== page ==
In an unprecedented surge of solidarity, donations from public and private companies, NGOs, and individuals have continued to flow in since the announcement of the creation of a Special Fund for Managing Earthquake Effects.

For the affected populations, rehousing is the most urgent need, particularly as winter approaches.

“We would like to see our houses rebuilt as quickly as possible and we will need warm clothes,” said a resident of the village of Amerzegane, where houses were flattened by the earthquake.

On Sept. 14, King Mohammed VI presided over a working meeting with senior authorities at the Royal Palace in Rabat. The meeting was devoted to the activation of an emergency program for the rehousing of disaster victims and the aspects of life most affected by the earthquake.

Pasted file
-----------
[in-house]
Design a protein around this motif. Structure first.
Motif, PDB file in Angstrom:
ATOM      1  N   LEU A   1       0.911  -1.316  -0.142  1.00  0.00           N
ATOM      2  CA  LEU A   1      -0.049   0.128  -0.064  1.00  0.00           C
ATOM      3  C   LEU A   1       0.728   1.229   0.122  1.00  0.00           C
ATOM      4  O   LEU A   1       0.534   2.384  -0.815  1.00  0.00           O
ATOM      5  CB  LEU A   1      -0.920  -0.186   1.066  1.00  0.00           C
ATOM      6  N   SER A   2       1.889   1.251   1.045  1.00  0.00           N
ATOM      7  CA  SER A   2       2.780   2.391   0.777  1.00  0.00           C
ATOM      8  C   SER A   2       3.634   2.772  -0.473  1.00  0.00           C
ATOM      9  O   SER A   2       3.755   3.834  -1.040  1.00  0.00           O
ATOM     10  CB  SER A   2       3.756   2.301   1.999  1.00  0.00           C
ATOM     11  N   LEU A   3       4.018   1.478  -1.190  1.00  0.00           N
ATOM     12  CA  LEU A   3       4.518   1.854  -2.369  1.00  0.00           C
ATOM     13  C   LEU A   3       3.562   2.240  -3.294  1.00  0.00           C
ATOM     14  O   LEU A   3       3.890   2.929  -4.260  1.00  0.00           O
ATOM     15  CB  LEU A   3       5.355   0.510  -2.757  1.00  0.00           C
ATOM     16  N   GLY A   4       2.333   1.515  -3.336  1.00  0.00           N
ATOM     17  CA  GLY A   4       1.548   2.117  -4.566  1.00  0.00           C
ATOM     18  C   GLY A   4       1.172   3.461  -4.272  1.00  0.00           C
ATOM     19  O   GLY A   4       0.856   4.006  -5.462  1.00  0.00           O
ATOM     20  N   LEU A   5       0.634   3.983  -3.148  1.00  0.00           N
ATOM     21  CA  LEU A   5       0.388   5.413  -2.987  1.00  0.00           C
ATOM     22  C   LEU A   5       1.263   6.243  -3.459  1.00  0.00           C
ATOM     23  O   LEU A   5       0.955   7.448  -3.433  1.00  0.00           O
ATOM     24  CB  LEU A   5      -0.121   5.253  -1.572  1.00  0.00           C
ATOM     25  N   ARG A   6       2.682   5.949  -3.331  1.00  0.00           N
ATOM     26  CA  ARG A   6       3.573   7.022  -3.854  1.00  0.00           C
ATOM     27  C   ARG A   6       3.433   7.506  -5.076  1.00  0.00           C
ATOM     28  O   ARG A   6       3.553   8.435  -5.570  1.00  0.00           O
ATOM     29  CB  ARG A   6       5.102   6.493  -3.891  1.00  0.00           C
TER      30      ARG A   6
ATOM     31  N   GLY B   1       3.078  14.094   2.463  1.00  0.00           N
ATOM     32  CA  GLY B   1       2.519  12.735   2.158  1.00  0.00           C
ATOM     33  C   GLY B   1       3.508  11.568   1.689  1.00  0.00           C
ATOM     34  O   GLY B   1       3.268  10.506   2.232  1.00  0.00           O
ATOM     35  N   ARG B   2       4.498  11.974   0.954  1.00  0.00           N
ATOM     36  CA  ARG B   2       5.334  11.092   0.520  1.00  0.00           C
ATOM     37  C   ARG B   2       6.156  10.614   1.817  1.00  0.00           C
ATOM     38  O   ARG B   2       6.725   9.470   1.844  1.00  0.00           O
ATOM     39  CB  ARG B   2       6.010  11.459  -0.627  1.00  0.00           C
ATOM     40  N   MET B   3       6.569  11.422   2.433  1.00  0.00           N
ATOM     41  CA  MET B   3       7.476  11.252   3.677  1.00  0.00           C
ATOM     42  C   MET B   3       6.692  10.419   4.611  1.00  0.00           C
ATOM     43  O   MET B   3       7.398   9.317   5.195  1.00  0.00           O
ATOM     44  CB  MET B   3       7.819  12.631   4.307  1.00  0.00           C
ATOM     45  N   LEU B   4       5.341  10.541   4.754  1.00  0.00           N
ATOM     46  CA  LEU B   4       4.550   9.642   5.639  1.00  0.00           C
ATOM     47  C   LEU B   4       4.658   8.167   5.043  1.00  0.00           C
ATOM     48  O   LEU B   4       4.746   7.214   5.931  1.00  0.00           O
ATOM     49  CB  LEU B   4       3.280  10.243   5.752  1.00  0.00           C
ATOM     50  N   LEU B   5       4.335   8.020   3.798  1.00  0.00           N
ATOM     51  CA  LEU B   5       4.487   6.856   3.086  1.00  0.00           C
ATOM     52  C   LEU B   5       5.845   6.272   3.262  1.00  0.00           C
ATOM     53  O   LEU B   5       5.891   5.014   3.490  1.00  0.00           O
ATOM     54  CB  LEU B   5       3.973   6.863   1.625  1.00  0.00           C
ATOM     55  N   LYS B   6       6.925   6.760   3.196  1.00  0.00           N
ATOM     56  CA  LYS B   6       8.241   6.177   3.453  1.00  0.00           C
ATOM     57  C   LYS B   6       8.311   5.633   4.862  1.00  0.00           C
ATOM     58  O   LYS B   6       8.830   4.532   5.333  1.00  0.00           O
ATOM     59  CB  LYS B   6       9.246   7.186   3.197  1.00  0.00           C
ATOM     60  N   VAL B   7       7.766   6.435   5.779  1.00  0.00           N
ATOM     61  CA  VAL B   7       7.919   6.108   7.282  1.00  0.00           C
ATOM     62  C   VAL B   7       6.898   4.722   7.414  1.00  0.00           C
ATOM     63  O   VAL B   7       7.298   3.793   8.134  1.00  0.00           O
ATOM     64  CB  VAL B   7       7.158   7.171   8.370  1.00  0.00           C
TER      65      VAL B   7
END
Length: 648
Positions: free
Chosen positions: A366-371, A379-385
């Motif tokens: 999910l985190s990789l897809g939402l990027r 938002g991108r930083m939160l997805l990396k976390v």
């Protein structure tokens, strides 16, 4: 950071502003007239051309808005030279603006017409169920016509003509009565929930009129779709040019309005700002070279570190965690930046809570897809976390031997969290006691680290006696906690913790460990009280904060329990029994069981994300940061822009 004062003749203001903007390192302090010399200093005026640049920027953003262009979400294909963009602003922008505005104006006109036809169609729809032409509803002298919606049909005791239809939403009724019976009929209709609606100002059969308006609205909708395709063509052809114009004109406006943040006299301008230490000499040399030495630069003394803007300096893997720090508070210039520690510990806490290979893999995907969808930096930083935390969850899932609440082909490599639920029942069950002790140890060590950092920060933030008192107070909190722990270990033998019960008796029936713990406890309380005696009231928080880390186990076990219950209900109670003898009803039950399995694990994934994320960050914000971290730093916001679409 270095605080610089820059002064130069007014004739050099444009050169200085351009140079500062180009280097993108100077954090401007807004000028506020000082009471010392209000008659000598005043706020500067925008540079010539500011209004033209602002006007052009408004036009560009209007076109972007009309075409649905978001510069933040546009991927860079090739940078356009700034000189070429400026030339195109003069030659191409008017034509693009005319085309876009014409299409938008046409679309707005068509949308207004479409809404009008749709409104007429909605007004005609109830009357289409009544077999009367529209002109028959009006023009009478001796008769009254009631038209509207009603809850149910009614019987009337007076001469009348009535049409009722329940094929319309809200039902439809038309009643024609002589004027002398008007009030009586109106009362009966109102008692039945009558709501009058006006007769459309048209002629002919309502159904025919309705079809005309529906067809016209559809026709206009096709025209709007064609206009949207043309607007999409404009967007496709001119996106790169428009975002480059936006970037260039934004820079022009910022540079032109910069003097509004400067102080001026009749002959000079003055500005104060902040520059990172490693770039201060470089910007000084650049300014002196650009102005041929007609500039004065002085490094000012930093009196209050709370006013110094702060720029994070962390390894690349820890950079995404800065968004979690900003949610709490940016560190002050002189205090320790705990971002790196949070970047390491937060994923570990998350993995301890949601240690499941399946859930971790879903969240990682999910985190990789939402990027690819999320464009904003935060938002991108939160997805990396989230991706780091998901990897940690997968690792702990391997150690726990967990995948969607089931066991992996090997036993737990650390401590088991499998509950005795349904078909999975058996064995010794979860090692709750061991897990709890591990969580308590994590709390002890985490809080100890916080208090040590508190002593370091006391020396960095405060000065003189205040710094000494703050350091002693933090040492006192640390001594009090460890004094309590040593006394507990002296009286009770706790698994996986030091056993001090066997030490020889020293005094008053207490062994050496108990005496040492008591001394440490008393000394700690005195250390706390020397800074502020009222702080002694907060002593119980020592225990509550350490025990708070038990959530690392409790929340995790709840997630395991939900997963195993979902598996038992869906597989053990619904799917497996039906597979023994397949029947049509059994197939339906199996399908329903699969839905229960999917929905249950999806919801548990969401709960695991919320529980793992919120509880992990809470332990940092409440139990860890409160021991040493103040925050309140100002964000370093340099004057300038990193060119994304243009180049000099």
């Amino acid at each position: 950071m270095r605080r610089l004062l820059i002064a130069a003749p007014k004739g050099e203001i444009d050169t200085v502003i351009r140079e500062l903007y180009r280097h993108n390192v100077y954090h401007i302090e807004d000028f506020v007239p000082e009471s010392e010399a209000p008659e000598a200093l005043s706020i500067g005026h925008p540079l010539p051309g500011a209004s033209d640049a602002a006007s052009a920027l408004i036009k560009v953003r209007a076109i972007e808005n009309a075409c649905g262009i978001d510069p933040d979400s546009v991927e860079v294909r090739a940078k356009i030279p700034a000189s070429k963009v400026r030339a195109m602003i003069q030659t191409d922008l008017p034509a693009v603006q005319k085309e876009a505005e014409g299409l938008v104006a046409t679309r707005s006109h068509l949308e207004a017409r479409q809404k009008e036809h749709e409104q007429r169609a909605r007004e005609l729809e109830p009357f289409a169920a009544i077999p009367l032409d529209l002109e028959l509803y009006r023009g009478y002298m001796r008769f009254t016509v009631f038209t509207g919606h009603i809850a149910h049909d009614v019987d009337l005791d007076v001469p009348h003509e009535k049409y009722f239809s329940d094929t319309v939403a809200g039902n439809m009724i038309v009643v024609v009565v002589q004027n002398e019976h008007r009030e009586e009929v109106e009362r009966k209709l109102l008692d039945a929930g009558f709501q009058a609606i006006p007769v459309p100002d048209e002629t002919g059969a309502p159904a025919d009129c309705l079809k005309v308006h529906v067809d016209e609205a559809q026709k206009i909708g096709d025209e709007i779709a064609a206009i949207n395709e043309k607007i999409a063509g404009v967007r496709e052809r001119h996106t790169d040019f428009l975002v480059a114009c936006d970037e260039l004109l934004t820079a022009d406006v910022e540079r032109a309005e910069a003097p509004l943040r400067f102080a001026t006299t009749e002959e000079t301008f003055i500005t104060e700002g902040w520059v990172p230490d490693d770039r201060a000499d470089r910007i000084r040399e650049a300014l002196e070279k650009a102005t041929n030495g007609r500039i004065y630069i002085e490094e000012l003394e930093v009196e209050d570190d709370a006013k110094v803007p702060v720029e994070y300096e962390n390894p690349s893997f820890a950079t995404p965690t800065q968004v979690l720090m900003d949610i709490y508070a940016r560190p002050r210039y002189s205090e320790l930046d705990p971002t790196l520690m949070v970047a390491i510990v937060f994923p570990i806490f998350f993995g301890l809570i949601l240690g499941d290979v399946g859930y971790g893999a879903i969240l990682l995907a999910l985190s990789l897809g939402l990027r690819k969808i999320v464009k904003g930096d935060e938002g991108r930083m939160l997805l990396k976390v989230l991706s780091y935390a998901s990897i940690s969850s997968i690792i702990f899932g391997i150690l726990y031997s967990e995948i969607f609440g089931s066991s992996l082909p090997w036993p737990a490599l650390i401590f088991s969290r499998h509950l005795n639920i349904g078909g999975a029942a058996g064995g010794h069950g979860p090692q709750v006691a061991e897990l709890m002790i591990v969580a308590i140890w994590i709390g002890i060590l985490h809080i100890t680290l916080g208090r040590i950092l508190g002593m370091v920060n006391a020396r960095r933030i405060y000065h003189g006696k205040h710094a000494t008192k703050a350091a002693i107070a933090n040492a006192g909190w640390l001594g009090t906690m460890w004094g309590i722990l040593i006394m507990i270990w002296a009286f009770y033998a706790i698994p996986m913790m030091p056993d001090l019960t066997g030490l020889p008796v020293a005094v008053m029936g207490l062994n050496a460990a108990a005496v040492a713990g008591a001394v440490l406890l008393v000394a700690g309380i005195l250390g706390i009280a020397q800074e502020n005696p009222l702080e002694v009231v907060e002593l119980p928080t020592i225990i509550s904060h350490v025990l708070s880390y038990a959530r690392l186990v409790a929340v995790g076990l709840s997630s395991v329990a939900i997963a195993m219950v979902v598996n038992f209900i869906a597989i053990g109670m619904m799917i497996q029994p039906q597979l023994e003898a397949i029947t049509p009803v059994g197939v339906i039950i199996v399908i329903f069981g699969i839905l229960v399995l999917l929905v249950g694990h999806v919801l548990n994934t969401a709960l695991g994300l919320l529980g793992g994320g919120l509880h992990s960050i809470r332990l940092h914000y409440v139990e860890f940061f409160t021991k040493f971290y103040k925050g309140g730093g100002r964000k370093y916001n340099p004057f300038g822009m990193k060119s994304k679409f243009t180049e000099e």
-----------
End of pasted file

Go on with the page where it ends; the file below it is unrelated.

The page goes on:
This meeting came as an extension of the measures ordered by the sovereign, aimed at mobilizing all means, with the necessary speed and efficiency, to come to the aid of affected families and to deploy rehabilitation and reconstruction measures in affected localities as quickly as possible.

Traffic has since been restored on all roads in the province of Taroudant after the disruptions following the earthquake, according to the provincial Directorate of Equipment, Transport, Logistics and Water.

Thanks to the strong mobilization of Moroccans at all levels and their friends around the world, there is hope that some normality will be able to return for the devastated populations of this part of Morocco.